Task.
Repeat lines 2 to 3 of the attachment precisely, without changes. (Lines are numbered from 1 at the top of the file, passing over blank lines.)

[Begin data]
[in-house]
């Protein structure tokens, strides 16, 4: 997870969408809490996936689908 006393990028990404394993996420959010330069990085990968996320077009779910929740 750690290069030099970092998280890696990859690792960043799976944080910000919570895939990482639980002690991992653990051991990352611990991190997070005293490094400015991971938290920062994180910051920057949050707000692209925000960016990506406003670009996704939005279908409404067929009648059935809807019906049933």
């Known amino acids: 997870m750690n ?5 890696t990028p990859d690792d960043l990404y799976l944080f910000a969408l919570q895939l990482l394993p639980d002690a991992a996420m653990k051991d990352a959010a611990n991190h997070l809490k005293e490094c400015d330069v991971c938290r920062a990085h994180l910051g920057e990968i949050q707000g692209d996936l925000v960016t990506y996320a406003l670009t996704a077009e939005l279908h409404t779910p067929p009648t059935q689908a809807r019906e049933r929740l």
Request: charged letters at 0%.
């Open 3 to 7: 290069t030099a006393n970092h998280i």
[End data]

């Protein structure tokens, strides 16, 4: 997870969408809490996936689908 006393990028990404394993996420959010330069990085990968996320077009779910929740 750690290069030099970092998280890696990859690792960043799976944080910000919570895939990482639980002690991992653990051991990352611990991190997070005293490094400015991971938290920062994180910051920057949050707000692209925000960016990506406003670009996704939005279908409404067929009648059935809807019906049933």
């Known amino acids: 997870m750690n ?5 890696t990028p990859d690792d960043l990404y799976l944080f910000a969408l919570q895939l990482l394993p639980d002690a991992a996420m653990k051991d990352a959010a611990n991190h997070l809490k005293e490094c400015d330069v991971c938290r920062a990085h994180l910051g920057e990968i949050q707000g692209d996936l925000v960016t990506y996320a406003l670009t996704a077009e939005l279908h409404t779910p067929p009648t059935q689908a809807r019906e049933r929740l």